Istanbul governor defends crackdown on gay pride march
Turkish police use a water canon to disperse participants of a Gay Pride event in support of Lesbian, Gay, Bisexual and Transsexual (LGBT) rights in Istanbul, Turkey, Sunday, June 28, 2015. AP photoThe Istanbul Governor’s Office has defended its ban on the LGBTI pride march in Istanbul, amid reactions from the international community against the brutal police crackdown on marchers June 28.
The governorate banned the parade at the eleventh hour on the day of the planned march, despite the fact the event has taken place peacefully in Istanbul since 2003.
Police dispersed parade participants around the central Taksim Square using tear gas, water cannon and rubber bullets before the scheduled start of the event at 5:00 p.m.
“The Governor’s Office was not informed and no permission was taken for the parade, which was open to provocations. The group was warned but they continued to march. So the security forces dispersed them with their duties given by the law with proportional [force],” said a statement issued by the Istanbul Governor’s Office on June 29.
The Istanbul LGBTI Pride Week Committee, a group that has organized events throughout the week, said the march had “suddenly been banned by the Istanbul Governor’s Office, using the month of Ramadan as the reason,” despite the fact that it also coincided with Ramadan in 2014.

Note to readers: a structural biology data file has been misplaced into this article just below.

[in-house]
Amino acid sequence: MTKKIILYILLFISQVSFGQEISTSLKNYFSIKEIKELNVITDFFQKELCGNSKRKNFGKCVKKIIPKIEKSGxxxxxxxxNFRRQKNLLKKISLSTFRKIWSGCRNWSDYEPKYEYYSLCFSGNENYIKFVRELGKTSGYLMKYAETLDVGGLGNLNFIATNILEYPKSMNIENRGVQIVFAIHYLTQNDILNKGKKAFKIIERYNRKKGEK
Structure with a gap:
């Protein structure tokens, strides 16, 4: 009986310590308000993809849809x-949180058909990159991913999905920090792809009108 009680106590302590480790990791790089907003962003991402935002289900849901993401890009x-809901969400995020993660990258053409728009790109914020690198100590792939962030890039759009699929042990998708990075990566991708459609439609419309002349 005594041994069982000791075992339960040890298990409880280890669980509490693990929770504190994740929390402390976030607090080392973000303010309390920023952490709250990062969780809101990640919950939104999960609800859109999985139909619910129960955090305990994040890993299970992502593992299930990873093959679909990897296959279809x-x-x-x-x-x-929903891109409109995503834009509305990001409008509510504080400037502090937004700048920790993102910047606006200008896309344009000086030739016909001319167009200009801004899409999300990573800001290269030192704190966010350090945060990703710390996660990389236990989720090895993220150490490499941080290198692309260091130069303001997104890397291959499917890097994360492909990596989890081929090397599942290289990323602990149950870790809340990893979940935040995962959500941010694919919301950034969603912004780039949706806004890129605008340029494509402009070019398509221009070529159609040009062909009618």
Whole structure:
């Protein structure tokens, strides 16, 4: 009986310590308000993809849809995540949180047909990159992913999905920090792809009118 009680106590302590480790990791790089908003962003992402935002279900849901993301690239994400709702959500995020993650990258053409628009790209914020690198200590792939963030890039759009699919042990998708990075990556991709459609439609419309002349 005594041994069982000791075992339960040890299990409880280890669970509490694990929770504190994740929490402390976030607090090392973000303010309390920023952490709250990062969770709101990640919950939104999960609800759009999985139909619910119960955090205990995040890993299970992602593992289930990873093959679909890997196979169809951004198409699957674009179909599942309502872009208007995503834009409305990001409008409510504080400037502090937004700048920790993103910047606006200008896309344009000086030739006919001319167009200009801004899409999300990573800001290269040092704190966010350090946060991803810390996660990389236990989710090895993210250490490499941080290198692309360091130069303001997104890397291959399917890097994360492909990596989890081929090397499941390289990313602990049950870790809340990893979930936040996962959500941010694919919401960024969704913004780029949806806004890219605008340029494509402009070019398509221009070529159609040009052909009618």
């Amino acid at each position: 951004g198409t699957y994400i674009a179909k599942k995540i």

The crackdown has sparked an international outcry. Council of Europe Commissioner for Human Rights Nils Muiznieks condemned “the violence exerted by the police” and called on the Turkish authorities to take measures to punish those responsible.
“I am shocked and very disappointed by the police crackdown on participants of Istanbul Pride. The police should protect demonstrators, not attack them,” said Muizniek in a Facebook post.
“The right to peaceful assembly is a fundamental human right that Turkey must better protect. I call on the authorities to identify those responsible for this violence and punish them. They should also send an unequivocal message that the right to peaceful assembly, including of LGBTI persons, will be upheld in the future,” he added.
Turkey’s first pride parade in 2003 was attended by a modest 30 participants.
The number had grown to well over 50,000 in 2013, the same year as the nationwide Gezi Park demonstrations, making Istanbul’s pride march the largest in southeastern Europe and the Middle East, according to daily Hürriyet.